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Community Health Programs

Comprehensive Health Program Project STAY MARIA V. ESPINAL • Practice Administrator • mrd9075@nyp.org x ALWYN COHALL, MD • Director • atc1@cumc.columbia.edu PETER GORDON, MD • Medical Director • pgg2@columbia.edu Mission and Goals

Project STAY (Services to Assist Youth) is part of the NYP Comprehensive Health Program. Program members work with community leaders, academic scholars, and public health professionals to serve Harlem and other New York City communities through two major programs: • The Specialized Care Center, providing care for young people who are HIV-positive or are at risk for HIV infection. • The Youth Access Program, which conducts community outreach, screening, and linkage to care for young people engaging in risk-taking behaviors. A youth-friendly primary care clinic provides medical and mental health services for these young people as well. The Project STAY team includes physicians, outreach specialists, social workers, nurses and nurse practitioners, and others dedicated to ensuring that the young people of New York have ready access to the healthcare services they need. We care for young people between the ages of 14 and 24 who are: • L iving with or at high risk for HIV • Justice-involved youth • L esbian, gay, bisexual, transgender, queer, questioning, or pansexual • M  en who have sex with men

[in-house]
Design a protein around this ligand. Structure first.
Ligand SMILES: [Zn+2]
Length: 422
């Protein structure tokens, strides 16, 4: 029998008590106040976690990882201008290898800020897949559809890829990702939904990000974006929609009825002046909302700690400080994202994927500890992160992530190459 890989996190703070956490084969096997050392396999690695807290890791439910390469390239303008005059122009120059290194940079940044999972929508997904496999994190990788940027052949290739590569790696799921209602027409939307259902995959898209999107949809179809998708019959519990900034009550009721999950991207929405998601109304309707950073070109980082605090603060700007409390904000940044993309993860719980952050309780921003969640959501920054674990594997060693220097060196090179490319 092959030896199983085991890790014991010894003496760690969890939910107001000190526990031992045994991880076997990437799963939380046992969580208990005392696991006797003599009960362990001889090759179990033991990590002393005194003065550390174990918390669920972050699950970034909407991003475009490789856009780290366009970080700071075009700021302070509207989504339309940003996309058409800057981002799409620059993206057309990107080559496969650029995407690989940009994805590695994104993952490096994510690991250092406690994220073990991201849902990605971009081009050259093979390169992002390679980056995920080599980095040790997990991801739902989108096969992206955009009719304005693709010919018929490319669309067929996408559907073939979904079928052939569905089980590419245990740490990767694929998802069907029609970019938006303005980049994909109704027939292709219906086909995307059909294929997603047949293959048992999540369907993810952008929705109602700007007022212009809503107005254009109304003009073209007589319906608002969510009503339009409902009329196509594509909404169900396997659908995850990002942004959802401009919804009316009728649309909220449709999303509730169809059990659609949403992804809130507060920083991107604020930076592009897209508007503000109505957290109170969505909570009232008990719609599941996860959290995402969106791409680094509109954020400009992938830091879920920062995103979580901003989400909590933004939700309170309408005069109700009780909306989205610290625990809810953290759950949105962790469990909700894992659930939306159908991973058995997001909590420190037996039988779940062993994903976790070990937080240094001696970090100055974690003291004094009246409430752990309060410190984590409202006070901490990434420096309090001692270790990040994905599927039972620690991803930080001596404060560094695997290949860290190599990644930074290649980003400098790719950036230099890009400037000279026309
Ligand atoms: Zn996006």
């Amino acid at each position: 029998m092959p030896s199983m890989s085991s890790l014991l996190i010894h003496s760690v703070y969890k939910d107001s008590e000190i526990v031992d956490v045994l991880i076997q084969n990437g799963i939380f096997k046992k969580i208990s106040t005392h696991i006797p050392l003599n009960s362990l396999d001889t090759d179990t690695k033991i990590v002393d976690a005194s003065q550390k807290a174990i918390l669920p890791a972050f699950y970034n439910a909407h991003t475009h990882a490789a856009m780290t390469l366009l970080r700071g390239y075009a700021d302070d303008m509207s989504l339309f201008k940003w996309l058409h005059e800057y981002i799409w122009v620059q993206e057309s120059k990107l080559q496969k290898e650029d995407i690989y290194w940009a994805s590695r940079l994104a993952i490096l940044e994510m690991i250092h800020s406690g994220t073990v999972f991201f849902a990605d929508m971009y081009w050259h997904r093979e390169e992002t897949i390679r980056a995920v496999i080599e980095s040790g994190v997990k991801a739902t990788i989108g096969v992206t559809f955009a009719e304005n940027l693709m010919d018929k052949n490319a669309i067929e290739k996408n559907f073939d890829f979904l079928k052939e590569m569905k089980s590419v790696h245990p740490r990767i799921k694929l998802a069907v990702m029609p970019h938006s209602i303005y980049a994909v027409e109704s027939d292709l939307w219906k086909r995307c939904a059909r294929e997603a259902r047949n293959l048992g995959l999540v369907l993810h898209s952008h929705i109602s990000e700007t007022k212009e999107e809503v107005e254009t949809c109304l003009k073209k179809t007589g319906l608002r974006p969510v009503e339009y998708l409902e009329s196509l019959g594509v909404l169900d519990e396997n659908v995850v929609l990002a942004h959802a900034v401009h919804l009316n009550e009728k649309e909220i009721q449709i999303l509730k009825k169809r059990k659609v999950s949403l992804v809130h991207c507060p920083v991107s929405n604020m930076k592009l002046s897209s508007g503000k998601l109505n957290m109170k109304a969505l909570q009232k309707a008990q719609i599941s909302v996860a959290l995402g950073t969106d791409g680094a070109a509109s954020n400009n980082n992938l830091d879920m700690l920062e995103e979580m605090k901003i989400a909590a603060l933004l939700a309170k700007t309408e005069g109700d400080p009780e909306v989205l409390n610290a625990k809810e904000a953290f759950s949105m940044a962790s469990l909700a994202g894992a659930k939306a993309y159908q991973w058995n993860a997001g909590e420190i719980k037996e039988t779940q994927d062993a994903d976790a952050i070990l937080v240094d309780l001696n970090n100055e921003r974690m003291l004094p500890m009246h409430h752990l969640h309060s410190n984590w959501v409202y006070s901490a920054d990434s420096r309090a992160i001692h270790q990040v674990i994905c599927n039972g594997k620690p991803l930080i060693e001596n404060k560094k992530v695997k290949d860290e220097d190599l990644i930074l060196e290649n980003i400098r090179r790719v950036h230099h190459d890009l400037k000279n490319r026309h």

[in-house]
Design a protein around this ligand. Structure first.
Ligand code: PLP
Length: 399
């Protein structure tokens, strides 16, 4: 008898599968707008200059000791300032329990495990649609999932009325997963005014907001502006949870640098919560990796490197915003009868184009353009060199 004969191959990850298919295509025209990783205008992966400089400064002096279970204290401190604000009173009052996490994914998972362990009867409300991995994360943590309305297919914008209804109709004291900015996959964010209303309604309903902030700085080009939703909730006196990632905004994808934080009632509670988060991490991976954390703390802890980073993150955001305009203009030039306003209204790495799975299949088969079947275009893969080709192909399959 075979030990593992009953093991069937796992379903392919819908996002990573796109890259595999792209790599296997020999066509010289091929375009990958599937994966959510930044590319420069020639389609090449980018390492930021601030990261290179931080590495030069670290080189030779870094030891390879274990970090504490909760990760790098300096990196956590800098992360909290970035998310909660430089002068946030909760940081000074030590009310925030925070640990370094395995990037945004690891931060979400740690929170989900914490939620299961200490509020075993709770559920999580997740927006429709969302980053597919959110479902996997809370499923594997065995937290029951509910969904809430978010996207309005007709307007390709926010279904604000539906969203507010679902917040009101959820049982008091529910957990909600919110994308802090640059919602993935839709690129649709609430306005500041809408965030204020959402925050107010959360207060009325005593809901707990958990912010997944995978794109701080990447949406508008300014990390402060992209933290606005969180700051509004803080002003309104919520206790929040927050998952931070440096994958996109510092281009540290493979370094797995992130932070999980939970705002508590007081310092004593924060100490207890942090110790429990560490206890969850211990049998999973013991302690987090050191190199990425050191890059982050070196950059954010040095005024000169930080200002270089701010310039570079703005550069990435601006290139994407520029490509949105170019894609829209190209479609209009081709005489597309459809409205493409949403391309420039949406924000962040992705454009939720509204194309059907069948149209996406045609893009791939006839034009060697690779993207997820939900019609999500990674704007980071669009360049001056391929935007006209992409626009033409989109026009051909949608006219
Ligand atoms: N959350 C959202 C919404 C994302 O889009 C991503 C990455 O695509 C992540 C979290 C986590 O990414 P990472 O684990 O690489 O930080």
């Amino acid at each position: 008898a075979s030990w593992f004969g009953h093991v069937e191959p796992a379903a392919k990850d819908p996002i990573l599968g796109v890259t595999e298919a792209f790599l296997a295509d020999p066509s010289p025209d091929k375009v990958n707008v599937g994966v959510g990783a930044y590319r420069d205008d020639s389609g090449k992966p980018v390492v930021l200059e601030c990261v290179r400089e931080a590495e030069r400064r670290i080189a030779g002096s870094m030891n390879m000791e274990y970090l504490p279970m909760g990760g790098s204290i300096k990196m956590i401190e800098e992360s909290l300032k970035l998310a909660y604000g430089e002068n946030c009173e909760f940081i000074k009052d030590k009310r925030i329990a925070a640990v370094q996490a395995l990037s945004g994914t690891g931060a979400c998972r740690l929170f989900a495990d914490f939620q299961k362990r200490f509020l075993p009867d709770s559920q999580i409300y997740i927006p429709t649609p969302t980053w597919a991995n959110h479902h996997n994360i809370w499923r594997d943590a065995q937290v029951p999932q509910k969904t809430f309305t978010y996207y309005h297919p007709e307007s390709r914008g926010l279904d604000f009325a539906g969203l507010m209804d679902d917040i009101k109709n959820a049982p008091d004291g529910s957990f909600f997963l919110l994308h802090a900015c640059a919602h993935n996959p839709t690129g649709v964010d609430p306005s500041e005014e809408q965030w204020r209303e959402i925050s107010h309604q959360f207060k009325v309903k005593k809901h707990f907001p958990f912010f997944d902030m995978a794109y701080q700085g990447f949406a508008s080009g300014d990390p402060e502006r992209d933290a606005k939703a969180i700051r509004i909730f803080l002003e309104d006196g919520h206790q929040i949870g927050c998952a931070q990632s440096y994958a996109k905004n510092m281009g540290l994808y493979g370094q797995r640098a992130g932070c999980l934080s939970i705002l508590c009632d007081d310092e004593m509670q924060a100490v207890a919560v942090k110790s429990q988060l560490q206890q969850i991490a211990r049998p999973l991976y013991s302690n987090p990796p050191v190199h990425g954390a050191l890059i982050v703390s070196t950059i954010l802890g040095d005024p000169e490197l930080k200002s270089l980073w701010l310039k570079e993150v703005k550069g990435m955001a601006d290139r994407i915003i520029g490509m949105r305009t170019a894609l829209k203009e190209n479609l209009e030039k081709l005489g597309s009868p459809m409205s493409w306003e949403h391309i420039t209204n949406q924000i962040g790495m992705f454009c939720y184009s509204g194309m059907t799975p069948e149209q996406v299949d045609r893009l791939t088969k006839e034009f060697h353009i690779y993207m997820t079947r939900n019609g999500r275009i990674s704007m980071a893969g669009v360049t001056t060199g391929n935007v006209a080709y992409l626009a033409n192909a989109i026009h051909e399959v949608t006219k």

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Number of People Reached

1,400 Sexual health education workshops

1,200 Community- based STI/HIV screenings

600 Clinic visits for high-risk youth 300 Clinic visits for HIV+ youth Key Accomplishments

The New York City STD Prevention Training Center (PTC) is a CDC-funded program of Columbia University Mailman School of Public Health and one of eight regional training centers of the National Network of STD Clinical Prevention Training Centers. The PTC is dedicated to increasing the sexual health knowledge and skills of medical health professionals in the prevention, diagnosis, screening, and management of sexually transmitted diseases, with the goal of reducing the community burden of sexuallytransmitted infections and HIV— one of the key areas of focus for DSRIP. Several faculty members from NYP/Columbia Irving Medical Center are involved in the PTC. Additionally, the PTC provides support for two fellows from Infectious

Disease and Adolescent Medicine. Furthermore, the PTC collaborates with the Comprehensive Health Center and its Sexual Health Service for NYP’s Ambulatory Care Network. On October 17, 2017, the PTC offered a one-day clinical Continuing Medical and Nursing Education-accredited Adolescent Health symposium for primary care providers. The PTC partnered with the New York City Department of Health and Mental Hygiene, Physicians for Reproductive Health, and Callen Lorde Community Health Center, and attracted 120 providers. The program aimed to describe best practices for providing comprehensive adolescent healthcare, the local epidemiology of STDs in adolescents, current STD screening strategies for these patients, and the use of pre-exposure prophylaxis (PrEP). Participants had the opportunity to attend different breakout sessions on a variety of topics. The conference closed with a panel which reviewed the use of PrEP in adolescents.

3111 Community Health Report 2017  
3111 Community Health Report 2017